Continuous integration and continuous delivery/deployment (CI/CD) tools infuse automation into the software development lifecycle. By helping developers automate integration, testing and deployment, these handy tools can maintain code quality and reliability while streamlining and accelerating software delivery.
This guide will break down the following top open-source CI/CD tools in terms of their features, pros, cons, and pricing:
- Jenkins, ideal for developers who place a premium on customization and extensibility.
- Spinnaker, a solid pick for small and large development teams seeking a cloud-centered continuous delivery tool that standardizes releases and improves quality.
- CircleCI, an excellent selection for developers seeking the fastest CI/CD platform available.
- GoCD, a great pick for developers looking for an extensible open-source automation tool with complex workflow modeling, end-to-end visualizations and cloud-native deployments.
Jenkins is an open-source automation server. The popular developer tool is known for customization and flexibility and it results in increased speed, quality, efficiency and productivity by automating building, testing and deployment for software development teams.
Features of Jenkins
Some of Jenkins’ top features as an open-source CI/CD tool include:
- Over 1,800 plugins.
- Continuous integration.
- Continuous delivery/deployment.
- Build pipelines.
- Distributed architecture.
Jenkins’ large and loyal following has built a massive library of over 1,800 plugins to offer extensibility in build management, administration, interface, source code management, etc. Developers can automatically integrate code changes with the CI/CD software on a continuous basis, plus automate building, testing, and deployment.
Jenkins also allows developers to create flexible, customizable and complex build pipelines, and uses a distributed architecture to offer enhanced performance and scalability.
Pros of Jenkins
Jenkins’ pros include:
- Vast community.
- Thousands of plugins.
Jenkins’ large community and loyal following mean developers can enjoy more support and resources than programmer tools that are newer to the market. The 1,800-plus plugins offer tons of added functionality, and Jenkins is also customizable in how it lets developers choose which features they want to install. Perhaps the biggest pro of the open-source developer tool is that it is free to use.
Cons of Jenkins
Jenkins’ cons include:
- Steep learning curve.
- Outdated interface.
- Plugin issues.
Jenkins takes some time to get used to for beginners, as it is more complex than some competing CI/CD tools. The interface could use a facelift to become more modern and user-friendly. Since Jenkins’s community offers so many plugins, you may be tempted to install several. If so, be sure to update them regularly to avoid security problems or slow performance. And the more plugins you install on a local server, the slower you can expect Jenkins’ interface to react.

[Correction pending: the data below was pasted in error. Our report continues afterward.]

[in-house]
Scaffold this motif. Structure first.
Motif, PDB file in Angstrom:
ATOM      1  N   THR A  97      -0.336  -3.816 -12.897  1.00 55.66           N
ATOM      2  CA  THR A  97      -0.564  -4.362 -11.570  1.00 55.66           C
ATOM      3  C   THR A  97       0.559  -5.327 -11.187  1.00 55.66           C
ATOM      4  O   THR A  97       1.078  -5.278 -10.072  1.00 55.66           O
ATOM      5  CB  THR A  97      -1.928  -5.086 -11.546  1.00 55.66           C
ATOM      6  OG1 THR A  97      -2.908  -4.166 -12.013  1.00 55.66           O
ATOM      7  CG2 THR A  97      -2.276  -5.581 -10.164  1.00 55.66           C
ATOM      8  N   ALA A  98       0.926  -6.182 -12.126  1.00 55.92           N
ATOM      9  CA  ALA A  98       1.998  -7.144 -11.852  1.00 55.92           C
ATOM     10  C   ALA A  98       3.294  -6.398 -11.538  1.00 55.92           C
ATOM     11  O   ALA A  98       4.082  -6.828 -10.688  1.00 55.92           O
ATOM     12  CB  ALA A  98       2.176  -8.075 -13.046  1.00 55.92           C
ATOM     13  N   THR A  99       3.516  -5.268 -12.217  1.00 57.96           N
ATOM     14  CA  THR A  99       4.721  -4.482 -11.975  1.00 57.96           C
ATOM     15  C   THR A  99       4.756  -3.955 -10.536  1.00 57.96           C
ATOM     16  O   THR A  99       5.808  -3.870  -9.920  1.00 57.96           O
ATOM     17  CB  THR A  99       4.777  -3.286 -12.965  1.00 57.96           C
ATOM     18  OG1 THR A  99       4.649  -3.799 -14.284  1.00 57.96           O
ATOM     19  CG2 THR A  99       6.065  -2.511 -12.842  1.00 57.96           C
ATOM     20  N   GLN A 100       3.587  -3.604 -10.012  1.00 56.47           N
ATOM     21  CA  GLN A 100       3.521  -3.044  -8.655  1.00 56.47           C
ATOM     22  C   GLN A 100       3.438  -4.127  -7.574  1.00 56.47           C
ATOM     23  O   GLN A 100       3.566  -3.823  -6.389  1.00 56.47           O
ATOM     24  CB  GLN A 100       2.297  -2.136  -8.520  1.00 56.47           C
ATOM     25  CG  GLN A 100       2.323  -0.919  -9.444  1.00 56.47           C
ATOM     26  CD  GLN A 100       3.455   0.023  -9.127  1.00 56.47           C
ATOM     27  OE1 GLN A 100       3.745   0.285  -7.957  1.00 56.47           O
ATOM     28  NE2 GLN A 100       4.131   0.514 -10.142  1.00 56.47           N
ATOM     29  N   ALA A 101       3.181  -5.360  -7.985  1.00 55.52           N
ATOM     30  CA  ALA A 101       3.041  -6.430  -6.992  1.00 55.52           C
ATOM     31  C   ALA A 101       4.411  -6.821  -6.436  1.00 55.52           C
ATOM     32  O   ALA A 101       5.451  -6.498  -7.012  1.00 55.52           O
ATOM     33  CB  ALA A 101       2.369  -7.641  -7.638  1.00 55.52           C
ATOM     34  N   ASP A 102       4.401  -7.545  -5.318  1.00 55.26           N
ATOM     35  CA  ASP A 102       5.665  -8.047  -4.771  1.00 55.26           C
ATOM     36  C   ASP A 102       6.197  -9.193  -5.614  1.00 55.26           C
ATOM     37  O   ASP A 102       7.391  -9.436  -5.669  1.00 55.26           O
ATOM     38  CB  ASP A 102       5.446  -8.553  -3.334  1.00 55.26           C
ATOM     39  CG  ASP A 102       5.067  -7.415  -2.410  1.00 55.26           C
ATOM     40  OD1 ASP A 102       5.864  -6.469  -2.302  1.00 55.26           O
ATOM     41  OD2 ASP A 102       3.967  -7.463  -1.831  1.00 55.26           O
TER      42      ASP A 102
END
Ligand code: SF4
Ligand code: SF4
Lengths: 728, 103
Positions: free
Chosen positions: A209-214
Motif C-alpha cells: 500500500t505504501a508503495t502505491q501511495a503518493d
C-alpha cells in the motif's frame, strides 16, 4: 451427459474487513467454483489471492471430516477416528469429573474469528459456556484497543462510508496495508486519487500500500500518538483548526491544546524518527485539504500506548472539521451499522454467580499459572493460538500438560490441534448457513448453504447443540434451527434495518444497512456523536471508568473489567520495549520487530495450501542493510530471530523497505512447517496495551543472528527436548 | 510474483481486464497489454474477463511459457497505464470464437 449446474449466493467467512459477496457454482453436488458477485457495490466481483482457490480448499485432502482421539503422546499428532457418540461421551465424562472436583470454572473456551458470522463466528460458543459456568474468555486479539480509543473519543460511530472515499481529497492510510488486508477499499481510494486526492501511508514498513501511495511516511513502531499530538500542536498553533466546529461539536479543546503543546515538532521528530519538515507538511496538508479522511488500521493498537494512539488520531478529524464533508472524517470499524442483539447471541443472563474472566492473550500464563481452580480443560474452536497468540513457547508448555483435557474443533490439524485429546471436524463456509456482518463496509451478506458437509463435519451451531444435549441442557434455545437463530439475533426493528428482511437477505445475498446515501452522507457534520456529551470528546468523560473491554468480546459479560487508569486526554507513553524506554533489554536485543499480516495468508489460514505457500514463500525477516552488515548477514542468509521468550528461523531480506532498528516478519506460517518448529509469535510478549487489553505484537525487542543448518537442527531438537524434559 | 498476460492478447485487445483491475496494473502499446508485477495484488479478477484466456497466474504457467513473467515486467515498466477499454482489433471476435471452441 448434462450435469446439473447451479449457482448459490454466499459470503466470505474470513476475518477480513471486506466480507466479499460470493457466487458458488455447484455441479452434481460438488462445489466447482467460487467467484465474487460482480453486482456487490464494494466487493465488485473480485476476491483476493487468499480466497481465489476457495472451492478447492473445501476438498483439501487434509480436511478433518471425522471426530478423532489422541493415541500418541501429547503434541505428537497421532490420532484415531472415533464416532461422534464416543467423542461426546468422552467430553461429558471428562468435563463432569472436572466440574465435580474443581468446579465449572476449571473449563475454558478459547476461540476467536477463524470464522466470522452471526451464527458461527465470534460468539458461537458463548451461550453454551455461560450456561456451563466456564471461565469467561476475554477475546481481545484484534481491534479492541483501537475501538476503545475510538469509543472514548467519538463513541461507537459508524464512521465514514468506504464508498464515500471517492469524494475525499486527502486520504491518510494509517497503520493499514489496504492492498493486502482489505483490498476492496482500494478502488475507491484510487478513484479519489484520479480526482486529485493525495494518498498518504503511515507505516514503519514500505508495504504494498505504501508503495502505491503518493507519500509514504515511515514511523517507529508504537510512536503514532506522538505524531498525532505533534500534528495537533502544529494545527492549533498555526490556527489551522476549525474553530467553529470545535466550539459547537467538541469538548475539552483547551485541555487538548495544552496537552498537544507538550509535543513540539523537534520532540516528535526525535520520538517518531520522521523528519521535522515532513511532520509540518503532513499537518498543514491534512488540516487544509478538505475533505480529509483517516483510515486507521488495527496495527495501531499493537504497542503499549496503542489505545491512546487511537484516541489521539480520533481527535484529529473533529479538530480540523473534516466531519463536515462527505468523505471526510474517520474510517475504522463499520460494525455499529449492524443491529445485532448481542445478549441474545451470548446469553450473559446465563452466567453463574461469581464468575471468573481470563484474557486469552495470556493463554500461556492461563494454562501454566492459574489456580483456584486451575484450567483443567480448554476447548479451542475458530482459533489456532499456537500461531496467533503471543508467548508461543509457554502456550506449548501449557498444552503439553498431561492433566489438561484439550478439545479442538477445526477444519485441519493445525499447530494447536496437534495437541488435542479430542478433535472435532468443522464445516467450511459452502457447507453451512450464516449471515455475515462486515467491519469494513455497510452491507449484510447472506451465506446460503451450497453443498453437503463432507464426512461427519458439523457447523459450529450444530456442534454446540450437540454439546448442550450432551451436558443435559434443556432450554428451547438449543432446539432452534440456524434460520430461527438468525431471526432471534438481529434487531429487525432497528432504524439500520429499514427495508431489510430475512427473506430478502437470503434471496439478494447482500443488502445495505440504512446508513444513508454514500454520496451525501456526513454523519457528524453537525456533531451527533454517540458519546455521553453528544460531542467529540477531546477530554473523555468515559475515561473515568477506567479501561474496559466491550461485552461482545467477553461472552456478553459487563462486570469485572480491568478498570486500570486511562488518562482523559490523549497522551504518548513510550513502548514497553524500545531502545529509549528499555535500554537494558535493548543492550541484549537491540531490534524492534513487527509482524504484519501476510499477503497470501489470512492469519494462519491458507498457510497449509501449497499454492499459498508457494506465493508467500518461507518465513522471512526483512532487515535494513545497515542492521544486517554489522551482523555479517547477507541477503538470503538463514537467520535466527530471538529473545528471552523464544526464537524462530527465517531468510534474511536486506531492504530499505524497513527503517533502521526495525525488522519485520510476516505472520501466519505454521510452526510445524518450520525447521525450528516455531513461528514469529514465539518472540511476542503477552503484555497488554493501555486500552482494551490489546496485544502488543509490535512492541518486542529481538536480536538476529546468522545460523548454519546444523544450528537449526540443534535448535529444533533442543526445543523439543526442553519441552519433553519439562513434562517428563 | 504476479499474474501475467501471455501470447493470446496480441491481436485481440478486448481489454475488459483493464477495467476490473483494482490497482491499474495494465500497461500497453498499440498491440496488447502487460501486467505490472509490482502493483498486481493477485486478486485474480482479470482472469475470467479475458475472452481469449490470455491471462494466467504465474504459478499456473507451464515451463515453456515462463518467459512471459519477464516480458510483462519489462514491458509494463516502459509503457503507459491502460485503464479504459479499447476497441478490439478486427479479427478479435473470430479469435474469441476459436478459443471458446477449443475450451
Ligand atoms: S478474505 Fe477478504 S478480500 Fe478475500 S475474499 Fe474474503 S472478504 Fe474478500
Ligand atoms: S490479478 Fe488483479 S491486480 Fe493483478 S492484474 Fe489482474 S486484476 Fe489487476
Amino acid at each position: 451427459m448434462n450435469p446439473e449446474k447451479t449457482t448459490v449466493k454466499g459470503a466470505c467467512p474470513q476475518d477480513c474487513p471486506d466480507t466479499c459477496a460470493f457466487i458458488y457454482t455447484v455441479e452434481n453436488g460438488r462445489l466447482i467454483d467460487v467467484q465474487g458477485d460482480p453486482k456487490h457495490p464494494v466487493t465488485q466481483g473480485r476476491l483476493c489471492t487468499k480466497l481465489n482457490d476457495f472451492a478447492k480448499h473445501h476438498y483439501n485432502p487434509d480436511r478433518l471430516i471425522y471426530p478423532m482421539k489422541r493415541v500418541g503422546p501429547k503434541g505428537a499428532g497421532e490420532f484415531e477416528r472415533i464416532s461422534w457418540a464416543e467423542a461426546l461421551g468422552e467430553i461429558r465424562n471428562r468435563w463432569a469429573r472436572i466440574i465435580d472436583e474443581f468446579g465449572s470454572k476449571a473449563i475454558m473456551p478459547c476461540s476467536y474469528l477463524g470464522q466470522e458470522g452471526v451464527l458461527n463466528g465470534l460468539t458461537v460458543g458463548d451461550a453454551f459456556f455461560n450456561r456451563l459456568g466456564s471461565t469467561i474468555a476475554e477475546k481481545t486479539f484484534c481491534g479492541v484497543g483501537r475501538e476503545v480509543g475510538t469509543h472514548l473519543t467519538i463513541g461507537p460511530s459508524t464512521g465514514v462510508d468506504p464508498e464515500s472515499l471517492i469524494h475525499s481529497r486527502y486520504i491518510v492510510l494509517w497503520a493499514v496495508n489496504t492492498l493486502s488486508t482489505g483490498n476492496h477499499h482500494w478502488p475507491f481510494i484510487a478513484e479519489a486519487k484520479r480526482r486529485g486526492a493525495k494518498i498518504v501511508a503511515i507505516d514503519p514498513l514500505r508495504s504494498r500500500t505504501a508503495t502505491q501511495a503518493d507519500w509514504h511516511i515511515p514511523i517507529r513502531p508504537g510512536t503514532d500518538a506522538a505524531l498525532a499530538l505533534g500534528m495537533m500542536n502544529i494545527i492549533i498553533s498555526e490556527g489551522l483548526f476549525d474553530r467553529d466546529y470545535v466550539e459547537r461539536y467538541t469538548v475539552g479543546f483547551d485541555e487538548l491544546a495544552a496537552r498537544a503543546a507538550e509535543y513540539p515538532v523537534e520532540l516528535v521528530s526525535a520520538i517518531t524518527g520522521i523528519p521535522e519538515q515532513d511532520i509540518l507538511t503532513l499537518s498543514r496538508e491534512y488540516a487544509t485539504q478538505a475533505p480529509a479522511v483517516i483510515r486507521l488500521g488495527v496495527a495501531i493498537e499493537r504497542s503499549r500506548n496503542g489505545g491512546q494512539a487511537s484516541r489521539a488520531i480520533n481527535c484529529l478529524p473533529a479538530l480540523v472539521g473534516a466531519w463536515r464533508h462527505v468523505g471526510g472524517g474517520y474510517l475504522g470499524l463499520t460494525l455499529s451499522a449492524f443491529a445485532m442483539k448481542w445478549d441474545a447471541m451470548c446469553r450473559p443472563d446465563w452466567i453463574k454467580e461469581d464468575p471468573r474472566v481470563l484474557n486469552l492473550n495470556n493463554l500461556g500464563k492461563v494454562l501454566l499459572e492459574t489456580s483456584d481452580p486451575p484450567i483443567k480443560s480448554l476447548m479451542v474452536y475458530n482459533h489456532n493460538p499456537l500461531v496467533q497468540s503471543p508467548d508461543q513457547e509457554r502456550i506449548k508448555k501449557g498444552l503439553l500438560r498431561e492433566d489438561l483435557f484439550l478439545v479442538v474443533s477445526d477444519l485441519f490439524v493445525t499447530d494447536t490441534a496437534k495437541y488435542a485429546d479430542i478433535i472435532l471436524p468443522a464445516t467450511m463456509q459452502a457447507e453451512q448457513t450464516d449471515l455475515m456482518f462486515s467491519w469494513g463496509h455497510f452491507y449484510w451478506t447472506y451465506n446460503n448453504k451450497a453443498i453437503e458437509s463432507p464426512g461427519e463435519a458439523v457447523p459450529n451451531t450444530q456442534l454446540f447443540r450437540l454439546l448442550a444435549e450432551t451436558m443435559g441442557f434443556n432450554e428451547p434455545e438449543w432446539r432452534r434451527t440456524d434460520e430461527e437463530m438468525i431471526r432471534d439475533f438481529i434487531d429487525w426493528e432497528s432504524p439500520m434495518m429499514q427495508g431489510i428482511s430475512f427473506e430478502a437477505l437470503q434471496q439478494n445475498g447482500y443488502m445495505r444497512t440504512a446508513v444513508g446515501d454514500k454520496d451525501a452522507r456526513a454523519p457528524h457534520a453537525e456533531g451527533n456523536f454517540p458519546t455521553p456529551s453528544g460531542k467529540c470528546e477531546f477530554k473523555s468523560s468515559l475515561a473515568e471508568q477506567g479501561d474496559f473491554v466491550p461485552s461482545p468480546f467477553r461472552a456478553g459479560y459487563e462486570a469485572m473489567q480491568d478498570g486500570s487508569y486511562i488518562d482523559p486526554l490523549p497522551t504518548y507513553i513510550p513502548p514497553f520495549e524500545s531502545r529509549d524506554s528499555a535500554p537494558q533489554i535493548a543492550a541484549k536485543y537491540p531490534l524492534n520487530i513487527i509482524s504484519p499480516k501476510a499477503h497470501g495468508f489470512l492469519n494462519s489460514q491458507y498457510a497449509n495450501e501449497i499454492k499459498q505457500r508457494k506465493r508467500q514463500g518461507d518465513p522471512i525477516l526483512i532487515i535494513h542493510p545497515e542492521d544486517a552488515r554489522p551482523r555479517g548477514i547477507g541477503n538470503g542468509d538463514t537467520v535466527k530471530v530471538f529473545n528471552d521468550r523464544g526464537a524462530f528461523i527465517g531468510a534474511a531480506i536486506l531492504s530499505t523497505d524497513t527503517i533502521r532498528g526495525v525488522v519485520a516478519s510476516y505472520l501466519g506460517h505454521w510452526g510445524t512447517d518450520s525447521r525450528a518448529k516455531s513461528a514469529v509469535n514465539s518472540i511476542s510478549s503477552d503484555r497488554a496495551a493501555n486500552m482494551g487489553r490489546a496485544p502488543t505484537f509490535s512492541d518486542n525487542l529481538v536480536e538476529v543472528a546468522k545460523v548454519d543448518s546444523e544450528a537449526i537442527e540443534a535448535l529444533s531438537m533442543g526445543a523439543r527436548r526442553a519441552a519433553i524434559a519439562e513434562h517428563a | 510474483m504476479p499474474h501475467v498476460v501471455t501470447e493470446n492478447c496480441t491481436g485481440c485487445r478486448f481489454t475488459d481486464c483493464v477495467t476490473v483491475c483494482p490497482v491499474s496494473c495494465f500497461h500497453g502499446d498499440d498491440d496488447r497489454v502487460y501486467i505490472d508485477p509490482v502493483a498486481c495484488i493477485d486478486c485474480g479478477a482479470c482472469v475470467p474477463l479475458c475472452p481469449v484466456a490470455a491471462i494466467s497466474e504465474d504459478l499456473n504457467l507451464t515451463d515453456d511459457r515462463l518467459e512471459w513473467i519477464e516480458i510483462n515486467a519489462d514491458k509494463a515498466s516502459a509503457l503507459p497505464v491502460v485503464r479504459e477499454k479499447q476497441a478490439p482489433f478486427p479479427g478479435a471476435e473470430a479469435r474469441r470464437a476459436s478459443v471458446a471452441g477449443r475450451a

Pricing of Jenkins
Jenkins’ status as open-source CI/CD software means it is free to use. If your software development team plans on using premium plugins with the programmer tool, those will incur additional costs, as can hardware, servers, maintenance, etc.
Spinnaker is an open-source, multi-cloud CD platform that helps developers quickly and confidently release software changes.
Features of Spinnaker
Some of Spinnaker’s top features include:
- Automated releases.
- Multiple cloud providers.
- Deployment best practices.
- Role-based access control.
- Third-party integrations.
Spinnaker lets developers automate releases by creating deployment pipelines to run system and integration tests, monitor rollouts and more. The CD tool offers deployment across multiple cloud providers, such as Kubernetes, Microsoft Azure, AWS EC2, etc.
Developers can configure pipelines with built-in best practices for deployment (highlander, blue-green, canary, etc.) and restrict account or project access with role-based access control. Spinnaker offers event notifications for Slack, SMS, email and HipChat, plus integration with popular developer tools for continuous integration, monitoring and more.
Pros of Spinnaker
Spinnaker’s pros include:
- Large community.
- Supports multiple cloud providers.
Spinnaker integrates with continuous integration tools (Jenkins, Travis CI, etc.), monitoring tools (Prometheus, Datadog, etc.) and more for extended functionality. The developer tool has a large, active community that offers added support and resources, and Spinnaker can be scaled to service teams of differing sizes. Another Spinnaker pro is its support for a plethora of cloud providers.
Cons of Spinnaker
Spinnaker’s cons include:
- User interface.
- Not beginner-friendly.
Spinnaker’s user interface may seem confusing to some, and installation/configuration can be complex for beginners. Some users have also noted that Spinnaker may take some time to secure properly.
Pricing of Spinnaker
Since it is an open-source continuous delivery platform, Spinnaker is free to use. You may incur additional costs for using the automation software effectively, such as deployment to a cloud provider like AWS, Azure, Google Cloud or other services.
CircleCI is a CI/CD platform that claims to be the fastest on the market and the most flexible in compute and execution environments. The developer tool also claims to have the best CI/CD for an open-source plan, with over three million monthly open-source builds on the platform.